Apple reveals most employees are white men, says diversity needs to be improvedApple on Tuesday delivered on a promise to give more details on the diversity of its workforce, revealing that its U.S.-based employees are overwhelmingly male and white — a breakdown that Chief Executive Tim Cook said must be improved.
With 98,000 total employees, 70 percent of Apple's global workforce is male, the company's new report reveals. And in the U.S., 55 percent of its workers are white, followed by 15 percent Asian, 11 percent Hispanic, and 7 percent black. A breakdown of race among international employees was not given.
"Let me say up front: As CEO, I'm not satisfied with the numbers on this page," Cook wrote in a note that accompanied the report. "They're not new to us and we've been working hard for quite some time to improve them. We are making progress, and we're committed to being as innovative in advancing diversity as we are in developing our products."
Among non-tech employees, 56 percent in the U.S. are white and 14 percent are Hispanic, followed by 9 percent Asian and 9 percent black. Tech-specific American employees are 54 percent white, 23 percent Asian, 7 percent Hispanic, and 6 percent black.
Among leadership in the U.S., the disparity is even greater, as 64 percent of Apple's top brass in America are white. Another 21 percent are Asian, 6 percent are Hispanic, and 3 percent are black.
"All around the world, our team at Apple is united in the belief that being different makes us better," Cook wrote. "We know that each generation has a responsibility to build upon the gains of the past, expanding the rights and freedoms we enjoy to the many who are still striving for justice."
Cook first promised last month that his company would release data on corporate diversity, but cautioned that he is "more focused on actions" than simply revealing information. Previously, the company had caught flack from human rights groups for the lack of diversity among its senior leadership.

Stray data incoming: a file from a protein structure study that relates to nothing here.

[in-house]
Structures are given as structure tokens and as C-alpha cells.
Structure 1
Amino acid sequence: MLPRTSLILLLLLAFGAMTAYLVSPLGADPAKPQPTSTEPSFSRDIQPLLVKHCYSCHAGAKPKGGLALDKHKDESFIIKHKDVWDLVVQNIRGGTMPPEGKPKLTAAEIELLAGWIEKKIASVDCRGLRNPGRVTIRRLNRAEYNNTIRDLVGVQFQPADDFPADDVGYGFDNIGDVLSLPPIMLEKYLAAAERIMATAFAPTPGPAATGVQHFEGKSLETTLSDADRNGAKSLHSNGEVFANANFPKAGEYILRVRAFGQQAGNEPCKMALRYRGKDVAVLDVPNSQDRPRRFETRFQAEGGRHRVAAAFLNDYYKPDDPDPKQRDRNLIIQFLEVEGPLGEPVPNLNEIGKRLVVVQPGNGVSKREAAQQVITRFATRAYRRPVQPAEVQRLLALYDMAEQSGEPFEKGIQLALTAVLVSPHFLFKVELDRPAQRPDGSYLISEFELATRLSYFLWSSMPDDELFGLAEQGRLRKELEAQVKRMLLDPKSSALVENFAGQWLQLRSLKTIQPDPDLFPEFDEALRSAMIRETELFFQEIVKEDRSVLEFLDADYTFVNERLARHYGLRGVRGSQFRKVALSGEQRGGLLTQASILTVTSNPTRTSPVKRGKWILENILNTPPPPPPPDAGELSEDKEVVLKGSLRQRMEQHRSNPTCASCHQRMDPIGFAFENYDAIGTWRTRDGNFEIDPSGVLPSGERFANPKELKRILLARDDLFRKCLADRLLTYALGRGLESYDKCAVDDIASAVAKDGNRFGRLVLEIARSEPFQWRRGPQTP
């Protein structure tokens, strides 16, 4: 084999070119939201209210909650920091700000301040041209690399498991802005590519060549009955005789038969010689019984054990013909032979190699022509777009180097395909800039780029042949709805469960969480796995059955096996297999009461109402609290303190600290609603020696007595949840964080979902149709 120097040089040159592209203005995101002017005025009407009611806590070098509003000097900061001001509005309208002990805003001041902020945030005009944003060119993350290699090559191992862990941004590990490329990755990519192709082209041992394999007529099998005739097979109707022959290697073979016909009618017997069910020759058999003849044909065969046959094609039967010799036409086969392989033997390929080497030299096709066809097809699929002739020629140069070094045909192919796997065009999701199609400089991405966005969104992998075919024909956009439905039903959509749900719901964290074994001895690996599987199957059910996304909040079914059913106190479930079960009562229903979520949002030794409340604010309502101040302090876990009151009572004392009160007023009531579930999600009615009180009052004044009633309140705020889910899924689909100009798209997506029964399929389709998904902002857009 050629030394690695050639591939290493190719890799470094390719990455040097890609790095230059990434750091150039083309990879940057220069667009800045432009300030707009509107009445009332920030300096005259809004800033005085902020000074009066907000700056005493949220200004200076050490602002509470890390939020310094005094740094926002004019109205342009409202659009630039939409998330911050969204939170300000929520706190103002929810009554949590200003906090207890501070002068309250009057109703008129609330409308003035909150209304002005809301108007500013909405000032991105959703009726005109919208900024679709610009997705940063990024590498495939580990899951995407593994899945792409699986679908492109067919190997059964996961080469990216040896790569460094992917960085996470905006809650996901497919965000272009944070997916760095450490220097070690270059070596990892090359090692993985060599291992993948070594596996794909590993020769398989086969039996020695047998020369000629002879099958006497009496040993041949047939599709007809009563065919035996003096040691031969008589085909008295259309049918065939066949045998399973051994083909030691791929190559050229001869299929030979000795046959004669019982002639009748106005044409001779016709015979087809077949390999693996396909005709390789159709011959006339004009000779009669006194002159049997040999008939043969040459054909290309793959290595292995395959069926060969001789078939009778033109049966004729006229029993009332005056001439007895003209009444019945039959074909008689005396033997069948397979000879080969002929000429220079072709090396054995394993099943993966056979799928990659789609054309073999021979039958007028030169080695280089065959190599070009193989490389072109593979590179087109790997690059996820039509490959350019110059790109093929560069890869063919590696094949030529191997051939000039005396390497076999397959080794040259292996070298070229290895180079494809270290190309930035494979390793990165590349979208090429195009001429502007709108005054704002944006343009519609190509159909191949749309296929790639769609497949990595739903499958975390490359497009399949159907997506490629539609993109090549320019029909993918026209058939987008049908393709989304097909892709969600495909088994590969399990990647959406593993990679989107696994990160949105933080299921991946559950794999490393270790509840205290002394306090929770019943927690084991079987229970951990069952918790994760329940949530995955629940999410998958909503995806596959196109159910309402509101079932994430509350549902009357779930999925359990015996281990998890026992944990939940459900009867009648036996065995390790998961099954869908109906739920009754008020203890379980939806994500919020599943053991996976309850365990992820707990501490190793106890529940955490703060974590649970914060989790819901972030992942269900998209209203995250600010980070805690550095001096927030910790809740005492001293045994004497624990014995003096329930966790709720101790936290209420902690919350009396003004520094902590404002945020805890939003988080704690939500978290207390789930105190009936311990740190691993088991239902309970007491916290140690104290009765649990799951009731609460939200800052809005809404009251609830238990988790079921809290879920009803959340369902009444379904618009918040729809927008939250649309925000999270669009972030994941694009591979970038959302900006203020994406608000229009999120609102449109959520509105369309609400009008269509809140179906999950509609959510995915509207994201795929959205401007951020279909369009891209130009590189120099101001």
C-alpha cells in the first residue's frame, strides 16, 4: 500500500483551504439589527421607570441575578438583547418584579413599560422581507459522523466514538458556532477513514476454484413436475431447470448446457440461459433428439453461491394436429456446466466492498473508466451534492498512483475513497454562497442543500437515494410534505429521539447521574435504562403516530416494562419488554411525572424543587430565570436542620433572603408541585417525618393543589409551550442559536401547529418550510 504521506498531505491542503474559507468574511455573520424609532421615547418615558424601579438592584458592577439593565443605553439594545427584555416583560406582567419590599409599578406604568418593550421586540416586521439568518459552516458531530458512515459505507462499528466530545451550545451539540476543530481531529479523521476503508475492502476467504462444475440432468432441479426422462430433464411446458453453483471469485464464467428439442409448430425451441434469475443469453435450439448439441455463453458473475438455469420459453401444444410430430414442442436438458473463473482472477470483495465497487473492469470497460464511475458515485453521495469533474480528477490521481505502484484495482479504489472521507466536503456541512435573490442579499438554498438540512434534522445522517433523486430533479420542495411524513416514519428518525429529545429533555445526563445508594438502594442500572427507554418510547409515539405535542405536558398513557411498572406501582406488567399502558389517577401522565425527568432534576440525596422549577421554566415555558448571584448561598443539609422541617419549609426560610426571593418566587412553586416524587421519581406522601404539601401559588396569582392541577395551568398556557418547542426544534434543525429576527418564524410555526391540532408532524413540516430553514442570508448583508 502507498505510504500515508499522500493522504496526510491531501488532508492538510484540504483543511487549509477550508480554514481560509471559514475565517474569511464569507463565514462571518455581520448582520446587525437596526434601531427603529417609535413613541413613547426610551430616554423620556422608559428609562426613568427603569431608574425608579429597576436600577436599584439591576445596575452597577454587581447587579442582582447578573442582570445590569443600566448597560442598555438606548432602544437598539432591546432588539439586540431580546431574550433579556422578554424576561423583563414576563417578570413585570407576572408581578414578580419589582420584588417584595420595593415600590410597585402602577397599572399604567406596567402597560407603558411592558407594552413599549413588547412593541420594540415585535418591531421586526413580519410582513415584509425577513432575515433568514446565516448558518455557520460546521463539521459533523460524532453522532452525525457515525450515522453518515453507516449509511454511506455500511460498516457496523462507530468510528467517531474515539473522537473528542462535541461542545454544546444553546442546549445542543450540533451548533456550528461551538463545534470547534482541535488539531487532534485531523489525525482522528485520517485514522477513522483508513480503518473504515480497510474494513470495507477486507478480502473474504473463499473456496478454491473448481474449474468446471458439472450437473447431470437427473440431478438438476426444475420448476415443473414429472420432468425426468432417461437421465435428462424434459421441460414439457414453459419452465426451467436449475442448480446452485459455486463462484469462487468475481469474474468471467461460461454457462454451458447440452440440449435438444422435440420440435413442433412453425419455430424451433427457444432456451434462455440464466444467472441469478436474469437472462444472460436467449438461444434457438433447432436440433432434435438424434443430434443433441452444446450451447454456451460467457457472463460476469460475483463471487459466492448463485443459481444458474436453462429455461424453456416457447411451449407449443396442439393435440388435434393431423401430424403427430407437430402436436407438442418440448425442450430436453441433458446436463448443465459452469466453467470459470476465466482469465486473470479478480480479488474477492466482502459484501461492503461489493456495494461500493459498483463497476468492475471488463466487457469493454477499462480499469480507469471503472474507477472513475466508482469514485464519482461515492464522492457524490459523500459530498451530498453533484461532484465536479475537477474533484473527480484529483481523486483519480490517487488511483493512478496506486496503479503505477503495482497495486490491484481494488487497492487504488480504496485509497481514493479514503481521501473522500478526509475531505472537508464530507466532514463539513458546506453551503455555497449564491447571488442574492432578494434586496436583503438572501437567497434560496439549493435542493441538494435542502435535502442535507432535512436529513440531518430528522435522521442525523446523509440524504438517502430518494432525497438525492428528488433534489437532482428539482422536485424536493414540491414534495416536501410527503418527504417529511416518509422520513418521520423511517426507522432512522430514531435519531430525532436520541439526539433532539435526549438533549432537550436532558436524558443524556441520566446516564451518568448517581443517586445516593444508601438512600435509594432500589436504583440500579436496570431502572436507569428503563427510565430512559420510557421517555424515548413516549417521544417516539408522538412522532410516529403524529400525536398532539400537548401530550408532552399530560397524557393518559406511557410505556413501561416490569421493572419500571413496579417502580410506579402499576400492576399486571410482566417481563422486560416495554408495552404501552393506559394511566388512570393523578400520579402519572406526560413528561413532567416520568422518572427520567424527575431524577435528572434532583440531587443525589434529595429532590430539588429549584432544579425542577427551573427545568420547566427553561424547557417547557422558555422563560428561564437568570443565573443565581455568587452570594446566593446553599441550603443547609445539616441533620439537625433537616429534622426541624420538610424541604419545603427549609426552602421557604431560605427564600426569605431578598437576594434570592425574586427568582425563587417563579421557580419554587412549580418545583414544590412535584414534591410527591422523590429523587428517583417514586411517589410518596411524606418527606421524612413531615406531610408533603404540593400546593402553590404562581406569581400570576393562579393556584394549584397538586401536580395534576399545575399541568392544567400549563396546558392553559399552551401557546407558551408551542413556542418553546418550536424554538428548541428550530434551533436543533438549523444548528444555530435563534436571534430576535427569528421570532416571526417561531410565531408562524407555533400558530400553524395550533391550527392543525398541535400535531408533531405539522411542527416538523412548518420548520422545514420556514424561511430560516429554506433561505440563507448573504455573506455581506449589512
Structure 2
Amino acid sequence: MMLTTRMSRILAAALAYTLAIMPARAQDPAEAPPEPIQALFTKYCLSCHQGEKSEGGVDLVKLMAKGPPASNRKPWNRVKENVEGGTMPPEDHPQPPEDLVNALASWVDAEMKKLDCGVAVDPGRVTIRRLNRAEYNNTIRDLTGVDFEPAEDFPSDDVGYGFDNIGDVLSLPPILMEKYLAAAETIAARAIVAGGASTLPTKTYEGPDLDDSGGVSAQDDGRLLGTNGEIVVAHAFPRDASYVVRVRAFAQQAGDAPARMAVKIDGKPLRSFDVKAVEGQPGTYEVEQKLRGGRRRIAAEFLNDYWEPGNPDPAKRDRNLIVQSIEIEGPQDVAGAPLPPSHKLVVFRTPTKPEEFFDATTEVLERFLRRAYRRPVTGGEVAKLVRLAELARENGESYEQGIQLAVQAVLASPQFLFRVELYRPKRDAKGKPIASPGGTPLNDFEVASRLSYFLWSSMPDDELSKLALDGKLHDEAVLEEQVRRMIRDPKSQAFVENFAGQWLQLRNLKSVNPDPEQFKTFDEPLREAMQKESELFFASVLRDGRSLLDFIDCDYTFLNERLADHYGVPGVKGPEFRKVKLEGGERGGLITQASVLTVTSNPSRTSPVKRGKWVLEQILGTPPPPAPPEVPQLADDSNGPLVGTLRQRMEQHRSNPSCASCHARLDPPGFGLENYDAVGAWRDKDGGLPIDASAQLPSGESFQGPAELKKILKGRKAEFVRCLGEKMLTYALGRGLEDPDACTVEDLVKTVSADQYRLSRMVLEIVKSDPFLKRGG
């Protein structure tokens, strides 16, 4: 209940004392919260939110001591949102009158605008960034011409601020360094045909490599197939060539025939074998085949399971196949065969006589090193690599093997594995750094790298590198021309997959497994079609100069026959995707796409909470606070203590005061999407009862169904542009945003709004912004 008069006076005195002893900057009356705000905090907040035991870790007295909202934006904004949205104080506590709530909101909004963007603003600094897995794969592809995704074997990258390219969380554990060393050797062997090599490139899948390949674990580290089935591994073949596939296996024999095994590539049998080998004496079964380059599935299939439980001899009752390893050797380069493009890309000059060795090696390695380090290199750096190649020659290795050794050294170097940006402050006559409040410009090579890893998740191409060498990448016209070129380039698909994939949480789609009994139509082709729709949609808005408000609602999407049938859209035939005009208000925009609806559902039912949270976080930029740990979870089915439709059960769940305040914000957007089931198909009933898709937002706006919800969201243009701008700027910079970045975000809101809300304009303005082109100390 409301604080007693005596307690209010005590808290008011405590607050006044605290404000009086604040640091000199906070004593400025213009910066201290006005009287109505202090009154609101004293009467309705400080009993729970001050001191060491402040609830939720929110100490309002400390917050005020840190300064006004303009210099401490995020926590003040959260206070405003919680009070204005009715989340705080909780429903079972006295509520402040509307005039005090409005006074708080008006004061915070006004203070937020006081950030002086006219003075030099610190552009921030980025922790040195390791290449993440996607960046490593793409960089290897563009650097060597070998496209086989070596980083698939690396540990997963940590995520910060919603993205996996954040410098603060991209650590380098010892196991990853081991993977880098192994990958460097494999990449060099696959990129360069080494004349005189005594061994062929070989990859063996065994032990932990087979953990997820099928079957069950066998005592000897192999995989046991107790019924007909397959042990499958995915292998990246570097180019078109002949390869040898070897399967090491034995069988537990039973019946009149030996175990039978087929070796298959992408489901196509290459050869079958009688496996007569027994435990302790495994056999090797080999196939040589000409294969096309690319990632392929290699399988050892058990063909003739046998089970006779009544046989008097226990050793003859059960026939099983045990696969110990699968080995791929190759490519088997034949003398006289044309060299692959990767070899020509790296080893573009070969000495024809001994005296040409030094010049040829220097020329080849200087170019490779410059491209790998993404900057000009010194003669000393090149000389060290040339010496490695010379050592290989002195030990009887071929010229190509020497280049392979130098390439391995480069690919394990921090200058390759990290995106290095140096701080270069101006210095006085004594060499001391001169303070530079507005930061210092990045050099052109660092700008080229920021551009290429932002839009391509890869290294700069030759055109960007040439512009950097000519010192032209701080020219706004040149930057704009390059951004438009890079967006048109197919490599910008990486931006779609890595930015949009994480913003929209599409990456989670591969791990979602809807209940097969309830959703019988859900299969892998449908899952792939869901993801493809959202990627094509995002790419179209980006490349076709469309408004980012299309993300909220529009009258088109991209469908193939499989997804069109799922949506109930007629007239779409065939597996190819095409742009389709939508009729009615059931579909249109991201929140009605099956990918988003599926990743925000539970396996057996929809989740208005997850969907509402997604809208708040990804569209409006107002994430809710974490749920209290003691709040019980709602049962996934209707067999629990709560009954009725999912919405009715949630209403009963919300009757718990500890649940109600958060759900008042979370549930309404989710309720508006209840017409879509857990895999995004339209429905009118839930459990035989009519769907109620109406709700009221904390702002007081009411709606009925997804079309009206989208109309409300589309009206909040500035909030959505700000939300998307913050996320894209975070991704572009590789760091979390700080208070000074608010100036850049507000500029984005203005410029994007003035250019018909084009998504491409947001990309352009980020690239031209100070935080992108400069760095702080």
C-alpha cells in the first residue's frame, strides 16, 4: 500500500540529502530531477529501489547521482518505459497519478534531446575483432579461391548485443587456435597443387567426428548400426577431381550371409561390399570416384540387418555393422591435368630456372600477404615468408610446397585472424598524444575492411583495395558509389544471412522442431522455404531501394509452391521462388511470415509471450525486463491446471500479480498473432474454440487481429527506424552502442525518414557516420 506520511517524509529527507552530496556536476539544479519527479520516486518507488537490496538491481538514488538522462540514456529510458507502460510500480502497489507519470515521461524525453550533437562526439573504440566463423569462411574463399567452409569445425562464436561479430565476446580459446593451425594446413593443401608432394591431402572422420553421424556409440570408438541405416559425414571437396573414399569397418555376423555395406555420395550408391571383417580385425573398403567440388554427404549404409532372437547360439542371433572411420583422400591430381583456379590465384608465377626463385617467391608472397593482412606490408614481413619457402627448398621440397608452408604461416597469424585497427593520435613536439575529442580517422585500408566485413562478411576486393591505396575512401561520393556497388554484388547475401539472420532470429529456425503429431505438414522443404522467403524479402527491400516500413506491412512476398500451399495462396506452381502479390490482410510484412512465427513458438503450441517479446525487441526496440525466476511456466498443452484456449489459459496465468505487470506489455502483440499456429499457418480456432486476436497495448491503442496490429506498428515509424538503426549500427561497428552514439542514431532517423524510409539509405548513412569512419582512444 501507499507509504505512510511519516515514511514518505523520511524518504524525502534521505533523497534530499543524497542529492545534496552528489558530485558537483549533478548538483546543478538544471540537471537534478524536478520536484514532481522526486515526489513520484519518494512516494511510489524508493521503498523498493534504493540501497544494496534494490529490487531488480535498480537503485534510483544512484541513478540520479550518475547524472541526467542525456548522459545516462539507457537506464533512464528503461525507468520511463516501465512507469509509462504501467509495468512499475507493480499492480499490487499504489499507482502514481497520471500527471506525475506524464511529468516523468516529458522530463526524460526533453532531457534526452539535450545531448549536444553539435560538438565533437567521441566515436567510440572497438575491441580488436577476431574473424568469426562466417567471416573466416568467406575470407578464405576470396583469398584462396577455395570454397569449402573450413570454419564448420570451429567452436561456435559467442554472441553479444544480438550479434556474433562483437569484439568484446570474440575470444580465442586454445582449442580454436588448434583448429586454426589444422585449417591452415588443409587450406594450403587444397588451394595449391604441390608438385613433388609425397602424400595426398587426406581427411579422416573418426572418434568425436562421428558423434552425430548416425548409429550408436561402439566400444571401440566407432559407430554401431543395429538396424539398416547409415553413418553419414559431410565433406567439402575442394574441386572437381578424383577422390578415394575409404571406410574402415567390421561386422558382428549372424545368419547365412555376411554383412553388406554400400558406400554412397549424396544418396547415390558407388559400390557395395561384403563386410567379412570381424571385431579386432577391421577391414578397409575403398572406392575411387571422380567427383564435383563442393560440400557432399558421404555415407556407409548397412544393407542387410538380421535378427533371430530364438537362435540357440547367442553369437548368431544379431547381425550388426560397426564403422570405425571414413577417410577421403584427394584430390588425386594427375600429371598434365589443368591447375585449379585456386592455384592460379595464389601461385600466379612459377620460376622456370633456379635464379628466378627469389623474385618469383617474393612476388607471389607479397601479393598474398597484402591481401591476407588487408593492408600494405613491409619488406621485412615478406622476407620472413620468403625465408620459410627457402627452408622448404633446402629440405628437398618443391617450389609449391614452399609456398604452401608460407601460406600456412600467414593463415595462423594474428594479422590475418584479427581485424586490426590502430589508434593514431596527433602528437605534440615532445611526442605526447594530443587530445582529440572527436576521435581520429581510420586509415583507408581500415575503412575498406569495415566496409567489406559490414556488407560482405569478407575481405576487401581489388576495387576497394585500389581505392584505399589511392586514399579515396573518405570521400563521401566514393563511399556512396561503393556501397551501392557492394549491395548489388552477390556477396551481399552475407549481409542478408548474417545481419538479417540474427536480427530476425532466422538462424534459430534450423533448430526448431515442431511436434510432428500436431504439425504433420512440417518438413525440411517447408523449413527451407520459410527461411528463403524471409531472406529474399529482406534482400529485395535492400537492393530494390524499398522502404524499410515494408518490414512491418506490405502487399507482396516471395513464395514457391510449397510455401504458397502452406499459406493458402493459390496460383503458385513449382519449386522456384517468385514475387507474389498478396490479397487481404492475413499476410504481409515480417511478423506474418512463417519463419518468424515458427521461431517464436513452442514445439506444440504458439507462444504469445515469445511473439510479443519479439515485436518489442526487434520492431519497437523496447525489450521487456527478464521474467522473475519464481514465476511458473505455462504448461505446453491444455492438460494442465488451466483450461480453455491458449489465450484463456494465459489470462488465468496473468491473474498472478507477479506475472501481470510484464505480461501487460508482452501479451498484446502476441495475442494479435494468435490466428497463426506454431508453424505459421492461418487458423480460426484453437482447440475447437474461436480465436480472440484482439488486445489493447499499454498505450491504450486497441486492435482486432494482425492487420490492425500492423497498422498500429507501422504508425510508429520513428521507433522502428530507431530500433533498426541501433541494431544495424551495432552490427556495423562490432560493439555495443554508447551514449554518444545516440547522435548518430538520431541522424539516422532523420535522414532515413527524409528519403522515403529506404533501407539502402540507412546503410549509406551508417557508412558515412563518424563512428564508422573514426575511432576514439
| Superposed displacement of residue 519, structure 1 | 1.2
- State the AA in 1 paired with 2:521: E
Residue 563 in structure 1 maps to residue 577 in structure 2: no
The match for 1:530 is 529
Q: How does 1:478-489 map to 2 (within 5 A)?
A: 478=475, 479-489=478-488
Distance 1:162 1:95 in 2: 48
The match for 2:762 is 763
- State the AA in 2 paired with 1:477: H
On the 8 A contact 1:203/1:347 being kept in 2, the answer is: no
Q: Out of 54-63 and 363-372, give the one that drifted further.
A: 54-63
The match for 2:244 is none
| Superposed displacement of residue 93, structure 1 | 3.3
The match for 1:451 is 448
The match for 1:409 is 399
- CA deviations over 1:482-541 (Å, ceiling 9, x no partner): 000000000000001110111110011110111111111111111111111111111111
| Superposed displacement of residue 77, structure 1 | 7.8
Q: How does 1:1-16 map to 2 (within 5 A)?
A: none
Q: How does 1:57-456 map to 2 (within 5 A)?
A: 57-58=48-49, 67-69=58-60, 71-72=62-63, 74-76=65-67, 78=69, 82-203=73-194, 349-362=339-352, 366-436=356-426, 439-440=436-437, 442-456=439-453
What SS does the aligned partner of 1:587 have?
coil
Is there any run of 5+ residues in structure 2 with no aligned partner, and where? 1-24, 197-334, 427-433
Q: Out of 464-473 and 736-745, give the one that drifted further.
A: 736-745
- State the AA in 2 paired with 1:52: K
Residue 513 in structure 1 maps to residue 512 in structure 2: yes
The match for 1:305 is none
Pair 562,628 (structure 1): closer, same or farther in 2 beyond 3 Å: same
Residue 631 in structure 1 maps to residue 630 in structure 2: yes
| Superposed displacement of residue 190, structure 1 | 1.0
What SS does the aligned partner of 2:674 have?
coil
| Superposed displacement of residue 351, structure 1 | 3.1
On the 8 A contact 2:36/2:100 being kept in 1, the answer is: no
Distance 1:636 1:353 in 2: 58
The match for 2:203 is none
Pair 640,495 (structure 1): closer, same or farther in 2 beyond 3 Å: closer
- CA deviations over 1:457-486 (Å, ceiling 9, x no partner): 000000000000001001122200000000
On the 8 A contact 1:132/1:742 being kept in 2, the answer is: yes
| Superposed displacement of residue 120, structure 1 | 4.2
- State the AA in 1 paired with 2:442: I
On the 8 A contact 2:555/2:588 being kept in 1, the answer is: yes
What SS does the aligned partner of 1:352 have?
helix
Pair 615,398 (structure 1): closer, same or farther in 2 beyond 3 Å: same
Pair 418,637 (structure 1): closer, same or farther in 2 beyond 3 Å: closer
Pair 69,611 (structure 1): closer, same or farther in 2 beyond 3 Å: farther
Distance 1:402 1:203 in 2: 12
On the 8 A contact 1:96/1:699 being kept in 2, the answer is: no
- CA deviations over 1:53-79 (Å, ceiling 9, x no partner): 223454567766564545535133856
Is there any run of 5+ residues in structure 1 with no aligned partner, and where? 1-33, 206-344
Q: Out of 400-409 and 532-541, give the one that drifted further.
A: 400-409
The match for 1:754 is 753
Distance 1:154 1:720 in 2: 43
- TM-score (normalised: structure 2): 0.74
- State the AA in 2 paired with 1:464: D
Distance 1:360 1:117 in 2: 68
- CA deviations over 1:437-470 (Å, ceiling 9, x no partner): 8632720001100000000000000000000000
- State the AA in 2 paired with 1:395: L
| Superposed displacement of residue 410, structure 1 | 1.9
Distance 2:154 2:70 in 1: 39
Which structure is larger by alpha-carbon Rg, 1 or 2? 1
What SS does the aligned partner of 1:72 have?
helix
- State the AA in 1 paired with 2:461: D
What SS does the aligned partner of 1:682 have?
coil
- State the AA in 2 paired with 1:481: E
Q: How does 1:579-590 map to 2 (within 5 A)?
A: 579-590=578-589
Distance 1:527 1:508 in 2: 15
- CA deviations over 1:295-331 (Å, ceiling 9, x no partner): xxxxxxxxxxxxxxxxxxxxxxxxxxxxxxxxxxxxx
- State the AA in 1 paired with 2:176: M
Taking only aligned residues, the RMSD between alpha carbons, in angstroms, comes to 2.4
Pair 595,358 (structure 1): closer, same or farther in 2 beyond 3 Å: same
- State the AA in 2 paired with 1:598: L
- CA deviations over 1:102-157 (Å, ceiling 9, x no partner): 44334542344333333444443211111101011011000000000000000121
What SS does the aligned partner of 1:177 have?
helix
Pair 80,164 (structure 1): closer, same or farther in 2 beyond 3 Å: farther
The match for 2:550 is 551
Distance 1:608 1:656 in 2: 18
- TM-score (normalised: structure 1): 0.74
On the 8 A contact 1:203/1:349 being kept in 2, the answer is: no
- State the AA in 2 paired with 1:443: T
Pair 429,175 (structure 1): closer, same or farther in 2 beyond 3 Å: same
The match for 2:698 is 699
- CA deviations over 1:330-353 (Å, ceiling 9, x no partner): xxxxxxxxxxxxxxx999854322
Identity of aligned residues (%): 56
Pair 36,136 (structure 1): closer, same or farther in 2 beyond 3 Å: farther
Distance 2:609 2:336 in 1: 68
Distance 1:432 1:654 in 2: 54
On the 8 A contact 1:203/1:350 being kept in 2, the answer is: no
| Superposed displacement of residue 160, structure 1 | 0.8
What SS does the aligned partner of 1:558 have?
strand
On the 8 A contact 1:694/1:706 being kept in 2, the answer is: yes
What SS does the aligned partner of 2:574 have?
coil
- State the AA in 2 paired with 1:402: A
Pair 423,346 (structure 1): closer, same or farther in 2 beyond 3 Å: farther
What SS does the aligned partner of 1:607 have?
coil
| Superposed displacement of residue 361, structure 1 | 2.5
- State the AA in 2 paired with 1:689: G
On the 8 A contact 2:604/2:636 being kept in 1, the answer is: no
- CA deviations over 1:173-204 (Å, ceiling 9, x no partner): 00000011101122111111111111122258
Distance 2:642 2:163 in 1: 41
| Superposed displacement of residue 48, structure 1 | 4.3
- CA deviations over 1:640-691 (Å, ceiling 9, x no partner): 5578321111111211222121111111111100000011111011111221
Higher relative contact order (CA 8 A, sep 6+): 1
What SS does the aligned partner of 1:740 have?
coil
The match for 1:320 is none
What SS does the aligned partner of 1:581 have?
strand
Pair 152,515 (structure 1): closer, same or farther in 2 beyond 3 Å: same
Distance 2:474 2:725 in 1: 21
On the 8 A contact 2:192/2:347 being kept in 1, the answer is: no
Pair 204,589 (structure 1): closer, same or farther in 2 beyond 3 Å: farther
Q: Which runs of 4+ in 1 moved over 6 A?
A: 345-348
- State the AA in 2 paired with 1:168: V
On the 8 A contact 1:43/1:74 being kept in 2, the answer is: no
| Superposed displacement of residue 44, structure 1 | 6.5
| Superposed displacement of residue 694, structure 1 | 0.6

Apple has responded to the criticism by publicly committing to increase diversity, including a tweak to the company's corporate charter that commits the board to "actively [seek] out highly qualified women and individuals from minority groups to include in the pool from which board nominees are chosen." The company also added Susan Wagner to its board of directors in July, replacing longtime member Bill Campbell and bringing another woman into the fold.
Cook's letter on diversity is included below in full:
A Message from Tim Cook.
At Apple, our 98,000 employees share a passion for products that change people's lives, and from the very earliest days we have known that diversity is critical to our success. We believe deeply that inclusion inspires innovation.
Our definition of diversity goes far beyond the traditional categories of race, gender, and ethnicity. It includes personal qualities that usually go unmeasured, like sexual orientation, veteran status, and disabilities. Who we are, where we come from, and what we've experienced influence the way we perceive issues and solve problems. We believe in celebrating that diversity and investing in it.
Apple is committed to transparency, which is why we are publishing statistics about the race and gender makeup of our company. Let me say up front: As CEO, I'm not satisfied with the numbers on this page. They're not new to us, and we've been working hard for quite some time to improve them. We are making progress, and we're committed to being as innovative in advancing diversity as we are in developing our products.